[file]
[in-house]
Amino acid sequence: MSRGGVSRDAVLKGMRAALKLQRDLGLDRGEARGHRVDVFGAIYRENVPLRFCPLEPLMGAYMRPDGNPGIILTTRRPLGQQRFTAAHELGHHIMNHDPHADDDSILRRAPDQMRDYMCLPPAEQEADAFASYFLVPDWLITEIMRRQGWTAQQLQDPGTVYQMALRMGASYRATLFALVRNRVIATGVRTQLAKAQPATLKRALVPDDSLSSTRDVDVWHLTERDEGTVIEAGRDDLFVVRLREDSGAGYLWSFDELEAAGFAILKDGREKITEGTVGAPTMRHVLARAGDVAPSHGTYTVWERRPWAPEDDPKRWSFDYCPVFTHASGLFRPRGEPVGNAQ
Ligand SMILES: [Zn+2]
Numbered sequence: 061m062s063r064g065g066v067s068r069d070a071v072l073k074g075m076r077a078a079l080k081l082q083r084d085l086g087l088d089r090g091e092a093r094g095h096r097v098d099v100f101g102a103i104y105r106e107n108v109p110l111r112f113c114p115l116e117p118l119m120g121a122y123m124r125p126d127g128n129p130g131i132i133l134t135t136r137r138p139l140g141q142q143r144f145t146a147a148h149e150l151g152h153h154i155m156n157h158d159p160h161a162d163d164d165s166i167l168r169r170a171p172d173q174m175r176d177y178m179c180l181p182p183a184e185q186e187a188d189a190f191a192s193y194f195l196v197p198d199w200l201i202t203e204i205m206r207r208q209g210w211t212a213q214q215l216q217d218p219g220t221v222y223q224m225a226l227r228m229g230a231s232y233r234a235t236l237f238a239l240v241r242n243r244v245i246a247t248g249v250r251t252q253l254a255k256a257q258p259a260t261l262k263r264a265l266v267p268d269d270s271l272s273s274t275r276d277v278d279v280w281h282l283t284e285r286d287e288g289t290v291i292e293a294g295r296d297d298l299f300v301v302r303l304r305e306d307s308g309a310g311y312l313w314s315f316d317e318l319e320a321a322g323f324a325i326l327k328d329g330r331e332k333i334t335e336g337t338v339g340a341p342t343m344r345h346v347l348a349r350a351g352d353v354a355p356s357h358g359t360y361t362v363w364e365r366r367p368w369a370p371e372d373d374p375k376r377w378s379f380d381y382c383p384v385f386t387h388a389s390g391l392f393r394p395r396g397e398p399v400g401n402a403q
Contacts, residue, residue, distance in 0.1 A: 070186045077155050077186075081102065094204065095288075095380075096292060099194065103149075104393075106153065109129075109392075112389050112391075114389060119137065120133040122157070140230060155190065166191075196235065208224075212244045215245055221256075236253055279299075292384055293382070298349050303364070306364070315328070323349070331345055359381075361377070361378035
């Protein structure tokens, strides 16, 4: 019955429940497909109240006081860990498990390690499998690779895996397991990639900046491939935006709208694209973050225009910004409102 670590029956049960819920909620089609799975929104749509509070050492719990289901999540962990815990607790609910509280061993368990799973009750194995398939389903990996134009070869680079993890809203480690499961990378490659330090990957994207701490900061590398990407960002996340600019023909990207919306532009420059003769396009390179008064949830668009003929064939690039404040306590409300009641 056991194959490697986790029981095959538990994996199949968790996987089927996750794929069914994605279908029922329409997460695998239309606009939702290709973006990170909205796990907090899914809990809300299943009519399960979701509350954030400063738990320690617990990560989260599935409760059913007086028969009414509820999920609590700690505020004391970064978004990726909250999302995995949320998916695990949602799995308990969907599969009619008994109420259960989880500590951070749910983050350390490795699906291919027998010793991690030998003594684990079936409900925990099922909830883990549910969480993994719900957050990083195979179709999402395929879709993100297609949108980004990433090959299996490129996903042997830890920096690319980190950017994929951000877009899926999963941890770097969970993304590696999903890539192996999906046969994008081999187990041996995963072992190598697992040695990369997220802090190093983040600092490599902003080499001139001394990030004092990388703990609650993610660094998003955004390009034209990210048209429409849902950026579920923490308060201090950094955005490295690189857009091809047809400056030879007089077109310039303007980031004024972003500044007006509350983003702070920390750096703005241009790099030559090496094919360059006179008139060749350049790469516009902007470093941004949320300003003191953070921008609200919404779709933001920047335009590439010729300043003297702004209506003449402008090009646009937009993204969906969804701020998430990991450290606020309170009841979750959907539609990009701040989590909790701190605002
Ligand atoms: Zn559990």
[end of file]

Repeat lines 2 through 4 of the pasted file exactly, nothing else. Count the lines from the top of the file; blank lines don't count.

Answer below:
Amino acid sequence: MSRGGVSRDAVLKGMRAALKLQRDLGLDRGEARGHRVDVFGAIYRENVPLRFCPLEPLMGAYMRPDGNPGIILTTRRPLGQQRFTAAHELGHHIMNHDPHADDDSILRRAPDQMRDYMCLPPAEQEADAFASYFLVPDWLITEIMRRQGWTAQQLQDPGTVYQMALRMGASYRATLFALVRNRVIATGVRTQLAKAQPATLKRALVPDDSLSSTRDVDVWHLTERDEGTVIEAGRDDLFVVRLREDSGAGYLWSFDELEAAGFAILKDGREKITEGTVGAPTMRHVLARAGDVAPSHGTYTVWERRPWAPEDDPKRWSFDYCPVFTHASGLFRPRGEPVGNAQ
Ligand SMILES: [Zn+2]
Numbered sequence: 061m062s063r064g065g066v067s068r069d070a071v072l073k074g075m076r077a078a079l080k081l082q083r084d085l086g087l088d089r090g091e092a093r094g095h096r097v098d099v100f101g102a103i104y105r106e107n108v109p110l111r112f113c114p115l116e117p118l119m120g121a122y123m124r125p126d127g128n129p130g131i132i133l134t135t136r137r138p139l140g141q142q143r144f145t146a147a148h149e150l151g152h153h154i155m156n157h158d159p160h161a162d163d164d165s166i167l168r169r170a171p172d173q174m175r176d177y178m179c180l181p182p183a184e185q186e187a188d189a190f191a192s193y194f195l196v197p198d199w200l201i202t203e204i205m206r207r208q209g210w211t212a213q214q215l216q217d218p219g220t221v222y223q224m225a226l227r228m229g230a231s232y233r234a235t236l237f238a239l240v241r242n243r244v245i246a247t248g249v250r251t252q253l254a255k256a257q258p259a260t261l262k263r264a265l266v267p268d269d270s271l272s273s274t275r276d277v278d279v280w281h282l283t284e285r286d287e288g289t290v291i292e293a294g295r296d297d298l299f300v301v302r303l304r305e306d307s308g309a310g311y312l313w314s315f316d317e318l319e320a321a322g323f324a325i326l327k328d329g330r331e332k333i334t335e336g337t338v339g340a341p342t343m344r345h346v347l348a349r350a351g352d353v354a355p356s357h358g359t360y361t362v363w364e365r366r367p368w369a370p371e372d373d374p375k376r377w378s379f380d381y382c383p384v385f386t387h388a389s390g391l392f393r394p395r396g397e398p399v400g401n402a403q